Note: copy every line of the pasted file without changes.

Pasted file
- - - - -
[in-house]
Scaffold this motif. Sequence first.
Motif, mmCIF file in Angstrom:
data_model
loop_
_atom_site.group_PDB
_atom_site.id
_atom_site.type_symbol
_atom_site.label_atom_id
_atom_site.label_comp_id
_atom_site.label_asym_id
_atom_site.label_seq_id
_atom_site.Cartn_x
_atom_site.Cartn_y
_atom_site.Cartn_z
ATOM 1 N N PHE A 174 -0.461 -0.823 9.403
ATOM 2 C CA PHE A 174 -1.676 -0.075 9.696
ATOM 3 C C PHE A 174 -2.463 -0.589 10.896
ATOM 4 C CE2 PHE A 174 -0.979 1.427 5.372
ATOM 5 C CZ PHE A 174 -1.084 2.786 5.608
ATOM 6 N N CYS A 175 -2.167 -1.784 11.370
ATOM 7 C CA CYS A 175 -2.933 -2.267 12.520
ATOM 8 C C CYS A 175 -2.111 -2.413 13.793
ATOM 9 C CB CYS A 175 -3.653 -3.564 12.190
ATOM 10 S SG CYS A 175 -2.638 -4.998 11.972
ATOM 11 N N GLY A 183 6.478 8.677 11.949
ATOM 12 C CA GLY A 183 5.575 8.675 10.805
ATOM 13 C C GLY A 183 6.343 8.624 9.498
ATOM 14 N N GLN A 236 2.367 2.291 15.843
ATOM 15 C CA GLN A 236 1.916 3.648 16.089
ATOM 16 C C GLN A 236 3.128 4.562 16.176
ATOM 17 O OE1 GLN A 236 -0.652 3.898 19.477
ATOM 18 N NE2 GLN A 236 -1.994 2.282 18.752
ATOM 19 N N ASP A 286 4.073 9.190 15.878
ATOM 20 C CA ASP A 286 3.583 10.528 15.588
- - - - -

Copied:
[in-house]
Scaffold this motif. Sequence first.
Motif, mmCIF file in Angstrom:
data_model
loop_
_atom_site.group_PDB
_atom_site.id
_atom_site.type_symbol
_atom_site.label_atom_id
_atom_site.label_comp_id
_atom_site.label_asym_id
_atom_site.label_seq_id
_atom_site.Cartn_x
_atom_site.Cartn_y
_atom_site.Cartn_z
ATOM 1 N N PHE A 174 -0.461 -0.823 9.403
ATOM 2 C CA PHE A 174 -1.676 -0.075 9.696
ATOM 3 C C PHE A 174 -2.463 -0.589 10.896
ATOM 4 C CE2 PHE A 174 -0.979 1.427 5.372
ATOM 5 C CZ PHE A 174 -1.084 2.786 5.608
ATOM 6 N N CYS A 175 -2.167 -1.784 11.370
ATOM 7 C CA CYS A 175 -2.933 -2.267 12.520
ATOM 8 C C CYS A 175 -2.111 -2.413 13.793
ATOM 9 C CB CYS A 175 -3.653 -3.564 12.190
ATOM 10 S SG CYS A 175 -2.638 -4.998 11.972
ATOM 11 N N GLY A 183 6.478 8.677 11.949
ATOM 12 C CA GLY A 183 5.575 8.675 10.805
ATOM 13 C C GLY A 183 6.343 8.624 9.498
ATOM 14 N N GLN A 236 2.367 2.291 15.843
ATOM 15 C CA GLN A 236 1.916 3.648 16.089
ATOM 16 C C GLN A 236 3.128 4.562 16.176
ATOM 17 O OE1 GLN A 236 -0.652 3.898 19.477
ATOM 18 N NE2 GLN A 236 -1.994 2.282 18.752
ATOM 19 N N ASP A 286 4.073 9.190 15.878
ATOM 20 C CA ASP A 286 3.583 10.528 15.588